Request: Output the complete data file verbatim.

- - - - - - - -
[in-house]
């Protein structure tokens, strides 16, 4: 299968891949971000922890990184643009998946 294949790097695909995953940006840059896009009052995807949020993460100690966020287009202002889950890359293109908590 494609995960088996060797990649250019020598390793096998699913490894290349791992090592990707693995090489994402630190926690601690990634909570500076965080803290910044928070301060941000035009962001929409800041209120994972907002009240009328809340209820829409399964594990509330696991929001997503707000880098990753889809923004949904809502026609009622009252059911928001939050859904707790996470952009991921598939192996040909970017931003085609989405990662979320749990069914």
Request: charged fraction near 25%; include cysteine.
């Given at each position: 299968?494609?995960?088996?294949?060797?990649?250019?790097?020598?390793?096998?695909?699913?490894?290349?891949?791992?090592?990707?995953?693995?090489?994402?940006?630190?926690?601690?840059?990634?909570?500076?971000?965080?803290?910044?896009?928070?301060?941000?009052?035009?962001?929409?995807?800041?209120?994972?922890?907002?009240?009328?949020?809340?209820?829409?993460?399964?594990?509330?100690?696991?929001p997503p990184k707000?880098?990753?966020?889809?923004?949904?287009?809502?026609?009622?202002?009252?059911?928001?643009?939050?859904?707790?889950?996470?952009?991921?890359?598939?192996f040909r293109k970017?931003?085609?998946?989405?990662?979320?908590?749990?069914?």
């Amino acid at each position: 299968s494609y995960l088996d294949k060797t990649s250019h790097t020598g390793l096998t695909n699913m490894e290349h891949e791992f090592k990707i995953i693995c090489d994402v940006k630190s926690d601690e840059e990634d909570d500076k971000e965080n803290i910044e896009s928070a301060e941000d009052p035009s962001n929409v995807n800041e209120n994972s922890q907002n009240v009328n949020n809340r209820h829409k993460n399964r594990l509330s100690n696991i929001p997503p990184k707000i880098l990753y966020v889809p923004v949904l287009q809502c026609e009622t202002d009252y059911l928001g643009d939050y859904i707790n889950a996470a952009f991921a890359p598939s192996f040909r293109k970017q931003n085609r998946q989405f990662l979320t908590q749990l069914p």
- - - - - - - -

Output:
[in-house]
């Protein structure tokens, strides 16, 4: 299968891949971000922890990184643009998946 294949790097695909995953940006840059896009009052995807949020993460100690966020287009202002889950890359293109908590 494609995960088996060797990649250019020598390793096998699913490894290349791992090592990707693995090489994402630190926690601690990634909570500076965080803290910044928070301060941000035009962001929409800041209120994972907002009240009328809340209820829409399964594990509330696991929001997503707000880098990753889809923004949904809502026609009622009252059911928001939050859904707790996470952009991921598939192996040909970017931003085609989405990662979320749990069914």
Request: charged fraction near 25%; include cysteine.
């Given at each position: 299968?494609?995960?088996?294949?060797?990649?250019?790097?020598?390793?096998?695909?699913?490894?290349?891949?791992?090592?990707?995953?693995?090489?994402?940006?630190?926690?601690?840059?990634?909570?500076?971000?965080?803290?910044?896009?928070?301060?941000?009052?035009?962001?929409?995807?800041?209120?994972?922890?907002?009240?009328?949020?809340?209820?829409?993460?399964?594990?509330?100690?696991?929001p997503p990184k707000?880098?990753?966020?889809?923004?949904?287009?809502?026609?009622?202002?009252?059911?928001?643009?939050?859904?707790?889950?996470?952009?991921?890359?598939?192996f040909r293109k970017?931003?085609?998946?989405?990662?979320?908590?749990?069914?």
């Amino acid at each position: 299968s494609y995960l088996d294949k060797t990649s250019h790097t020598g390793l096998t695909n699913m490894e290349h891949e791992f090592k990707i995953i693995c090489d994402v940006k630190s926690d601690e840059e990634d909570d500076k971000e965080n803290i910044e896009s928070a301060e941000d009052p035009s962001n929409v995807n800041e209120n994972s922890q907002n009240v009328n949020n809340r209820h829409k993460n399964r594990l509330s100690n696991i929001p997503p990184k707000i880098l990753y966020v889809p923004v949904l287009q809502c026609e009622t202002d009252y059911l928001g643009d939050y859904i707790n889950a996470a952009f991921a890359p598939s192996f040909r293109k970017q931003n085609r998946q989405f990662l979320t908590q749990l069914p």